Making friends has never been easy for me. Whether it was making the wrong friends, getting burned too many times or my own inability to connect with people, it hasn’t been an easy road.
And it doesn’t get easier as you get older or move to big cities. When I moved to Chicago, I knew no one. It took me six months to connect with someone (by accident) and fortunately, a group of friends spawned from that. That friend, and some of that group, are no longer in the picture.
My history, and that experience reminded me that making friendships and connecting with people are things I’ll always struggle with.
I didn’t leave college with a solid, tight group of friends. Maybe it was transferring schools or other things happening at that time, but that didn’t happen. I had friends and people I hung out with, but not deeply connected friends I actively keep in touch with to this day.
Then, I read an article in the New York Times about the evolution of friendships in adulthood and it hit on exactly how I feel about this topic.
For a long time, work has always been my #1 priority. I prioritized that over friendships and a lot of social experiences. My upbringing was focused on job, career, getting financially and professionally established. Friendships were never told to take a back seat, but that inevitably happened. And now that I am financially and professionally stable, I am prioritizing relationships and friendships, something that now I’m catching up on after years out of the game.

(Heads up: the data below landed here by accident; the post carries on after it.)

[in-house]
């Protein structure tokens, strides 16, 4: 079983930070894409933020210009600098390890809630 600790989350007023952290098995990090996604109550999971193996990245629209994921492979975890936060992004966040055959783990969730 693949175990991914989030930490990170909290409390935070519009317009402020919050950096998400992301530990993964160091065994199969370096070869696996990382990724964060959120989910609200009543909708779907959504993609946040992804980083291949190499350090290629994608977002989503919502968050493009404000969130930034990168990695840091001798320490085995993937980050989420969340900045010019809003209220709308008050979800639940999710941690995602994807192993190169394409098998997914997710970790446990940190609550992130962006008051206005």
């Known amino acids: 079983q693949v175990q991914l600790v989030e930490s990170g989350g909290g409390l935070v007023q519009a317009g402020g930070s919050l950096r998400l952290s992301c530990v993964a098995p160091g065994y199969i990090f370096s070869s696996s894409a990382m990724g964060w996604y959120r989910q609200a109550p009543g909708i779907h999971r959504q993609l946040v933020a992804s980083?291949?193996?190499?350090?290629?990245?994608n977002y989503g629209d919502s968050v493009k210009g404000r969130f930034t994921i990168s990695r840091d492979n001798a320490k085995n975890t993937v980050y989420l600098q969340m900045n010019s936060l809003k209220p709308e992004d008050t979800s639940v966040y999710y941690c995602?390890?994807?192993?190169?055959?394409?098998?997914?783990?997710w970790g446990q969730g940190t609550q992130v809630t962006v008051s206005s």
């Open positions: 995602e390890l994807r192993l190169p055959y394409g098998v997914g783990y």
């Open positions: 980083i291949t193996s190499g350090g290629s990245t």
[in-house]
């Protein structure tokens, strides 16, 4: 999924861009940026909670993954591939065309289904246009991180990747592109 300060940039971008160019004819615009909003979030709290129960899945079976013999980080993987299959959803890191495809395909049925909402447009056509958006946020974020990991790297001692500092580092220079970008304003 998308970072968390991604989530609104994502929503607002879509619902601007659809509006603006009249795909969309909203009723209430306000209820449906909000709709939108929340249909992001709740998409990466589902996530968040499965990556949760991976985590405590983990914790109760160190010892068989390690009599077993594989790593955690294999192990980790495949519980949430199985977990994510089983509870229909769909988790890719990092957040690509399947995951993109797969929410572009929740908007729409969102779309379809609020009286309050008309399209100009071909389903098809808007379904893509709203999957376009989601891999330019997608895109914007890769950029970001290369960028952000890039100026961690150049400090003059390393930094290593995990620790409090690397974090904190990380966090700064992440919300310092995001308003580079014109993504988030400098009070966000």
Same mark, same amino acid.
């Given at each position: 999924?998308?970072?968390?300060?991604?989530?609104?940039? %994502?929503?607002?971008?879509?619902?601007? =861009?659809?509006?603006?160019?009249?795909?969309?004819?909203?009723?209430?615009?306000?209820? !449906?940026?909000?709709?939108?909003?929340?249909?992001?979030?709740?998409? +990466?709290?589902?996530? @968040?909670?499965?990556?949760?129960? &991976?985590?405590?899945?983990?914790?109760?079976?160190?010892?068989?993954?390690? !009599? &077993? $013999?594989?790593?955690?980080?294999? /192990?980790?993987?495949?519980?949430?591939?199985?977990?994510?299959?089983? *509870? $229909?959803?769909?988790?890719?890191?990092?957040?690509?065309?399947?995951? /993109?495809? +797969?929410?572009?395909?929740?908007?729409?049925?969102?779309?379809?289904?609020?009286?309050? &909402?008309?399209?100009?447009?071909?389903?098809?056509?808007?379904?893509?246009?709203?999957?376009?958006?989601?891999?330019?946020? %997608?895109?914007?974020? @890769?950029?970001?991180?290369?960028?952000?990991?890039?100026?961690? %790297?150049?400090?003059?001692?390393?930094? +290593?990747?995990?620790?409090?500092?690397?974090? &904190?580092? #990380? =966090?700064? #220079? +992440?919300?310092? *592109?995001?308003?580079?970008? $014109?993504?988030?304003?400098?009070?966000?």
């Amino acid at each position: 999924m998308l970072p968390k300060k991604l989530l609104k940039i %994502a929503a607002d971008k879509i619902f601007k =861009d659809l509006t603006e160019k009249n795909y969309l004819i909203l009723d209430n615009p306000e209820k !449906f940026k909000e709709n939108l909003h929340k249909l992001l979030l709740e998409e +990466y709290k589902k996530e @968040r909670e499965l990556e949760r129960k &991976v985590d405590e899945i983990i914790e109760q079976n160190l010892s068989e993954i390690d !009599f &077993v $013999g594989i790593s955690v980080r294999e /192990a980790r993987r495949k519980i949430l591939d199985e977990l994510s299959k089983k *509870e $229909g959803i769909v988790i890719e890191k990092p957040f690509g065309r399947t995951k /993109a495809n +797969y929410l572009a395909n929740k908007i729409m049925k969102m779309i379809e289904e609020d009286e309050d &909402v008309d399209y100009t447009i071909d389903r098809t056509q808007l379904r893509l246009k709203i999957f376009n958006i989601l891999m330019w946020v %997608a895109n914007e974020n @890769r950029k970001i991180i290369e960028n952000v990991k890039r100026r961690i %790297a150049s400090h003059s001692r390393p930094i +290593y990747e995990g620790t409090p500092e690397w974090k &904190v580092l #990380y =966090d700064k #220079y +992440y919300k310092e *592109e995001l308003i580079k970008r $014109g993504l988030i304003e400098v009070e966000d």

And when you don’t play sports, have a boyfriend or kids, connecting is tough. I’ve met a lot of people through blogging, work and random occurrences in the city, but those aren’t your 20-year-old self friendships. Life, work, priorities and other things get in the way, and despite those people in my life, I still find myself alone more than I thought it would. This isn’t a bad thing but again, when catching up on life, it’s a realization.
And even in my desire to connect with people, age, history and time has reminded me to be careful of who I let in. After turning 30, I shifted my priorities of who I want to spend time with. Gone are many of the constantly negative people I used to hang out with and now, I invest in friendships with people I want to spend time with and who are good influences for me.
This isn’t easy and often, takes a LOT of time. But the friendships I have in Chicago, through work, blogging, etc. are those I want to be in my life. And those who show they cannot make our friendship a two-way street, they move to the sidelines.
Starting over with friends or looking for them, is never easy. And putting boundaries on those you have, isn’t either. But it’s a process in finding people meant to be in your life at that particular time.
I’m not a great friend all of the time, but I like to think that to those I am friends with, I’m not too bad to hang out with :)